Comorbidities are prevalent and detrimental for employment outcomes in people of working age with multiple sclerosis

Jing Chen, Bruce Taylor, Tania Winzenberg, Andrew J. Palmer, Andrea Kirk-Brown, Pieter van Dijk, Steve Simpson, Leigh Blizzard, Ingrid van der Mei

Research output: Contribution to journalArticleResearchpeer-review

Abstract

Background: More work is needed to understand the burden of comorbidities in people with multiple sclerosis (MS). Objective: To assess prevalence of 30 comorbidities and impacts of comorbidities on employment outcomes in a working-aged MS cohort. Methods: Participants were from the Australian MS Longitudinal Study (n = 929). Information on specific comorbidity was obtained (whether or not each was present, doctor-diagnosed, limited their activities and being treated). Results: Comorbidities most frequently reported to limit activities were osteoarthritis (51%), migraines (40%), anxiety (33%), depression (29%) and allergies (18%). Mean MS-related work productivity loss in past 4 weeks was 1.3 days for those without comorbidities and 2.5 days for those with any comorbidity. The annual population costs of work productivity loss were highest for people with depression, allergies, anxiety, migraines and osteoarthritis. Higher number of comorbidities was associated with more work productivity loss and a higher likelihood of not working. These associations were substantially reduced after adjustment for MS symptom severity. Conclusions: Comorbidities substantially impact employment outcomes and these effects were mainly mediated through MS symptom severity. This suggests that optimal and simultaneous management of comorbidities may be a viable strategy to reduce MS symptom severity, which in turn could improve employment outcomes.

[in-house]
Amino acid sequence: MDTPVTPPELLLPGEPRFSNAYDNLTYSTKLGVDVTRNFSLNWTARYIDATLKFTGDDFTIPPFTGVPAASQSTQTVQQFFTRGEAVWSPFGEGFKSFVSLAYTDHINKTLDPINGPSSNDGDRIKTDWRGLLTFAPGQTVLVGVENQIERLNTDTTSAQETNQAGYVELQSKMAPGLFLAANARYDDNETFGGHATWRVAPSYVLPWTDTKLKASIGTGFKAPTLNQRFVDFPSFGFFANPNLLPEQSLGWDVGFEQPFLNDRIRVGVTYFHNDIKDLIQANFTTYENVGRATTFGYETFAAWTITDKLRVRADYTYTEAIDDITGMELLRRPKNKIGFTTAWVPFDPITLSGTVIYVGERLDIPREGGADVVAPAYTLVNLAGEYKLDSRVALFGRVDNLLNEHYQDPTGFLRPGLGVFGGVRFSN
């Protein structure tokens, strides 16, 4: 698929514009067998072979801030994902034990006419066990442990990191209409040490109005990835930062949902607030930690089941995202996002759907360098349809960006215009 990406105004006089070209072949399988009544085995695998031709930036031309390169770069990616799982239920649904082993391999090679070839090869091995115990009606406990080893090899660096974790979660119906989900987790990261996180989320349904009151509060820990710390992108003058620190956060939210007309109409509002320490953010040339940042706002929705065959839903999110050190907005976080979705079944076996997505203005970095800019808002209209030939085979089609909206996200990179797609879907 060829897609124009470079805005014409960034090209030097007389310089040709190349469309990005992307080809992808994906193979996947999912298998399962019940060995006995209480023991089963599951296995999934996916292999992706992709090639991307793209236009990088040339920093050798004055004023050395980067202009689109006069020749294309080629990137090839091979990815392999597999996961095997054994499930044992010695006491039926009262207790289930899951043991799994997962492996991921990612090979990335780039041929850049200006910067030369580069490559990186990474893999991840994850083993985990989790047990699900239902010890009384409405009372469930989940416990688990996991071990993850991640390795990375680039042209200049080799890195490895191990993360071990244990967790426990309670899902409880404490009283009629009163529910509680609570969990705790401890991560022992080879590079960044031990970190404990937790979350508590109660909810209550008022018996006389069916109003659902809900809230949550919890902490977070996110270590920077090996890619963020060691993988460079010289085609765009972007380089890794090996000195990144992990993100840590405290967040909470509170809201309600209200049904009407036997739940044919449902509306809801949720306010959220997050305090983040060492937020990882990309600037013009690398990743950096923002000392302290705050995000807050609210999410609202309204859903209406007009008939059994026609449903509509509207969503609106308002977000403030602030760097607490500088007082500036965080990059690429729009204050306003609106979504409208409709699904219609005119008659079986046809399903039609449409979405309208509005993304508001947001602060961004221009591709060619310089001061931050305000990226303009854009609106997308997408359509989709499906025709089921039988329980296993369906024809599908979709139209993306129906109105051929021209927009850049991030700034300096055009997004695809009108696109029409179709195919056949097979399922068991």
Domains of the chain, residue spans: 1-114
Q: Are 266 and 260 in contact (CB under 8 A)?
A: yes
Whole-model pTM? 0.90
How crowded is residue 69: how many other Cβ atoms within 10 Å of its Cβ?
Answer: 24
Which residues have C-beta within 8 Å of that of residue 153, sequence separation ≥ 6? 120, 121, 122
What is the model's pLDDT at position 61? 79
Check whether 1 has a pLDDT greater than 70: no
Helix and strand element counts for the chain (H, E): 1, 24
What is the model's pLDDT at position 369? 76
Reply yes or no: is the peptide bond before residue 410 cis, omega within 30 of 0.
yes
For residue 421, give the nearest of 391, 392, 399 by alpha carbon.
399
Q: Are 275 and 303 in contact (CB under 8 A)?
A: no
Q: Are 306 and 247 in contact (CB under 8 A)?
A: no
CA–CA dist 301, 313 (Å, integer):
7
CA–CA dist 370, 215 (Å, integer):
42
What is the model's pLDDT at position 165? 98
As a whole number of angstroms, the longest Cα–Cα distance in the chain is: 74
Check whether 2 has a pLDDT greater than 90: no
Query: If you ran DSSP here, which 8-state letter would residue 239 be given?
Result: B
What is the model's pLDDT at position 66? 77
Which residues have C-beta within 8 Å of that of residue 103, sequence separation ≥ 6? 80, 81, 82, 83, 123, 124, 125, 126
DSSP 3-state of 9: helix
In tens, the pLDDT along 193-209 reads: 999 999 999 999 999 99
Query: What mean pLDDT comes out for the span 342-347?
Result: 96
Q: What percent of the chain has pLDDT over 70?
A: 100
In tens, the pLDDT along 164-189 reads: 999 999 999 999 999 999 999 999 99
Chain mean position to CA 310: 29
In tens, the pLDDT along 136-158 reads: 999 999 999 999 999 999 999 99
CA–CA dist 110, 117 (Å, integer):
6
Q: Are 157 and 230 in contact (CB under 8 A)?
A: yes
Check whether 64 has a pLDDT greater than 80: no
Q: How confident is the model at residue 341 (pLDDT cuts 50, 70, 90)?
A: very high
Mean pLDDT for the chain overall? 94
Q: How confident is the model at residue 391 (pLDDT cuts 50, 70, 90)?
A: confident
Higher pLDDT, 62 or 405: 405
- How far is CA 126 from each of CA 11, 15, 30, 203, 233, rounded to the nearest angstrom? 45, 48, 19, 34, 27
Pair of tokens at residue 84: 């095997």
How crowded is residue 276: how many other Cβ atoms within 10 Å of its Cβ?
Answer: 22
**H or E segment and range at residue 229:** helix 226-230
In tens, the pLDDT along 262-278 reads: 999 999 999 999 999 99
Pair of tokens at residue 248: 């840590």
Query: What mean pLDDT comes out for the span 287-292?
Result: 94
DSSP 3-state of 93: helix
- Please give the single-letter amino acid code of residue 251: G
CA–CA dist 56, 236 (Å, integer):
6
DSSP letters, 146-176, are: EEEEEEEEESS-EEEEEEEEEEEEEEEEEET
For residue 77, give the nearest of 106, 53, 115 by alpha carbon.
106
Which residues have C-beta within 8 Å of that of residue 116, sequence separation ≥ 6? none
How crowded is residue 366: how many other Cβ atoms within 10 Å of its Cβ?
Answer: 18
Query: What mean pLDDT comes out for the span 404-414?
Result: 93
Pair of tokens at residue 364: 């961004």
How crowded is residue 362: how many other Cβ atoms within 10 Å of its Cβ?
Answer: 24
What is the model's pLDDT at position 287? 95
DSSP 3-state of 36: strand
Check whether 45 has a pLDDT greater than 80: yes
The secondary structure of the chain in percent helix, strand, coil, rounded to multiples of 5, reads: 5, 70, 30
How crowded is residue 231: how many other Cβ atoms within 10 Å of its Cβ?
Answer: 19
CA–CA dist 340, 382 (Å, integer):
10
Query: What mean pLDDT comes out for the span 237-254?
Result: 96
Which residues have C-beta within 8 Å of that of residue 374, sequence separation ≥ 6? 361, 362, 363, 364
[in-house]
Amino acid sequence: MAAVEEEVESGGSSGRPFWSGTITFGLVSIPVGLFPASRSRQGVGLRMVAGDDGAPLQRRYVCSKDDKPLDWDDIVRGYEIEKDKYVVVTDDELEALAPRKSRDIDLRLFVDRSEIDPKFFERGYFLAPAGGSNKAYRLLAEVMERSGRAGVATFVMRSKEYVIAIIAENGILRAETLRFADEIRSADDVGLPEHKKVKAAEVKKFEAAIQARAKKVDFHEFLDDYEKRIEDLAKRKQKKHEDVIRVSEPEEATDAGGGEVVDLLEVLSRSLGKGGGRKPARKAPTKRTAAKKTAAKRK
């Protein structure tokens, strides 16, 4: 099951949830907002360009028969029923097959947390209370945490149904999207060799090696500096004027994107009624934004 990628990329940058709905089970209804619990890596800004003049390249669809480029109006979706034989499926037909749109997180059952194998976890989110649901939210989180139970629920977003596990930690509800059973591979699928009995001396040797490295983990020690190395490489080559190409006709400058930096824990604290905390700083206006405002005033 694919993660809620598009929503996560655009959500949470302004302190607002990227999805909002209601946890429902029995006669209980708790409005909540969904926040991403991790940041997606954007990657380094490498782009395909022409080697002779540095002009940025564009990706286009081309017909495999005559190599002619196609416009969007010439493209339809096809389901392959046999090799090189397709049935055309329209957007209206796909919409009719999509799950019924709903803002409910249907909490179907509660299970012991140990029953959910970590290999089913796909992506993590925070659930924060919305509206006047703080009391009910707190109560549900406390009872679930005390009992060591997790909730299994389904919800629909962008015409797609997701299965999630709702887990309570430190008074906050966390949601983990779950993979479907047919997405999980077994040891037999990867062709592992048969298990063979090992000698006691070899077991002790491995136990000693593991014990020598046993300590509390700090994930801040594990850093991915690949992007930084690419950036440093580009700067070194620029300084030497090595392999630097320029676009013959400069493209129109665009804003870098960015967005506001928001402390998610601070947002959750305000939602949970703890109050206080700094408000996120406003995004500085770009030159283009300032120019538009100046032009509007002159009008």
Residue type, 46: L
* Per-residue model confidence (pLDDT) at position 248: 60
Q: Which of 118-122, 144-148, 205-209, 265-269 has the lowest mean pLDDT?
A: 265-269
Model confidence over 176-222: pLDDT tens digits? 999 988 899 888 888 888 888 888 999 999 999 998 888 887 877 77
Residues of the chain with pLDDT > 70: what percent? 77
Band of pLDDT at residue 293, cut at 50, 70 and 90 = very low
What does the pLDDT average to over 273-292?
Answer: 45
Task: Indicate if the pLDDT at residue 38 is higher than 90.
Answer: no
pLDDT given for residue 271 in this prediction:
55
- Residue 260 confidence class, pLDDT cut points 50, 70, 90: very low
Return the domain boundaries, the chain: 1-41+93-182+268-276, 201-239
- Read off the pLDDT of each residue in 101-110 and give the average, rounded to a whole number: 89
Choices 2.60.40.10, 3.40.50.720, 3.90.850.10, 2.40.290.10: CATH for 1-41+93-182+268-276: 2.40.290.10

Original languageEnglish
Number of pages10
JournalMultiple Sclerosis Journal
DOIs
Publication statusAccepted/In press - 2019

Keywords

  • comorbidity
  • depression
  • employment
  • Multiple sclerosis
  • symptom
  • work productivity

Cite this